Well that would be helpful wouldn’t it? We’ve talked before about the lengthy path that the inside information traveled in the Dell/Nvidia/Diamondback/Level Global/Fight Club/etc. insider trading investigation, and about how best practices for hedge fund managers who want to insider trade might involve setting up an impenetrable wall to keep out whatever inside information their analysts get. But best practices might actually be more like a semi-porous wall:
Imagine the comfort of knowing that you’re trading on material nonpublic information, without the criminal liability of knowing that it was obtained in exchange for a personal benefit to the tipper! And this sort of semi-porous wall is much easier to set up than the impenetrable wall: instead of your analyst coming to you and saying “boss, I got a good feeling about Nvidia, don’t ask me why,” and you having to trust him, your analyst can come to you and say “I have material nonpublic information about Nvidia that I obtained from a company insider.” All he has to do is not go on to say “also I bribed him.” Pretty good, huh?
That’s not quite right. Even the judges who agree with Chiasson and Newman’s lawyers probably wouldn’t endorse the semi-porous wall theory of insider trading in so many words:
In instructing the jury in United States v. Whitman, the Honorable Jed S. Rakoff concluded that the Government must prove that a tippee knew the company insider received some personal benefit in exchange for disclosing confidential information. But, Judge Rakoff clarified, the tippee need not know exactly what that benefit was, and the Government can satisfy its burden of proving knowledge of a personal benefit by showing that the tippee purposefully blinded himself to obtaining actual knowledge about this benefit.
So, a semi-porous wall would be problematic if it took the form of, like, a sign in the hedge fund manager’s office saying “In Here We Don’t Talk About What We’ve Done For Our Sources Of Inside Information.” Still. If you were, say, running a hedge fund in which many independent analysts and portfolio managers did their own research, and you traded on it without keeping a close eye on exactly what they were doing, and what they were doing included a lot of insider trading, you might take yesterday’s ruling as pretty good news.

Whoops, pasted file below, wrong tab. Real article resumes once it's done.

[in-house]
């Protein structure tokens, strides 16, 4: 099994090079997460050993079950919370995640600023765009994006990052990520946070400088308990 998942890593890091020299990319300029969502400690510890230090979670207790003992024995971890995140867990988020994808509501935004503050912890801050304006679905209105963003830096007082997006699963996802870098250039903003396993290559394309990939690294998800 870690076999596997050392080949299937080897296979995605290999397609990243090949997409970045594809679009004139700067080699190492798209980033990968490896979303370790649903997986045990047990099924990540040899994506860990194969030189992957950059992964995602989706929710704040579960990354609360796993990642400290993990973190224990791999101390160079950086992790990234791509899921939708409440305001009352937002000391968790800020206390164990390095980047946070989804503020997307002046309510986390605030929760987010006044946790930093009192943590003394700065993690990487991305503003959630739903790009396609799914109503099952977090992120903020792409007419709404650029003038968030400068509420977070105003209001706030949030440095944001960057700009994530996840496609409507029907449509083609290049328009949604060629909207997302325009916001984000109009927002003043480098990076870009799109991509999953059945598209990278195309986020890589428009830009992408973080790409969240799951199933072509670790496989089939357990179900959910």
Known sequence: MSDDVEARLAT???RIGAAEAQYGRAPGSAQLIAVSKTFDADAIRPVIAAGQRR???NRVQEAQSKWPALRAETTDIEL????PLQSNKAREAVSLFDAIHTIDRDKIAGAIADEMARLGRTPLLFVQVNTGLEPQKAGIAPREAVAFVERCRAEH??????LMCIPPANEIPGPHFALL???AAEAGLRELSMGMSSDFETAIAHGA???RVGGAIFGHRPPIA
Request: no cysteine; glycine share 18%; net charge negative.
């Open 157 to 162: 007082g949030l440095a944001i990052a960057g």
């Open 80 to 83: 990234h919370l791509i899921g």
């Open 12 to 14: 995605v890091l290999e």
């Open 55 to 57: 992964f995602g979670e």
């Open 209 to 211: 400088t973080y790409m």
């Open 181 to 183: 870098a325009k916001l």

Under Dirks, the mere disclosure of material, nonpublic information by itself is insufficient to constitute a breach of an insider’s fiduciary duties. The purpose of the disclosure is determinative as to whether a breach has occurred. Because the policy underlying insider trading laws is rooted in stopping the use of inside information for personal gain, an insider does not run afoul of those laws or fiduciary duties to shareholders unless the insider receives a personal benefit. …
“Personal benefit” has been defined expansively, requiring only minimal proof by the government. Proof that the tipper made a gift of information to a trading relative or friend has been found a sufficient benefit to the tipper. In Yun, evidence that the tipper and tippee were friends, worked together as realtors and split commissions on sales was sufficient for a jury reasonably to conclude that the tipper expected to benefit through maintaining a good relationship with the tippee. Similarly, in SEC v. Maio, the court accepted an inference of a personal benefit based solely on the close friendship between the tipper and the tippee, and the “hypothetical benefits” that may have been derived from it.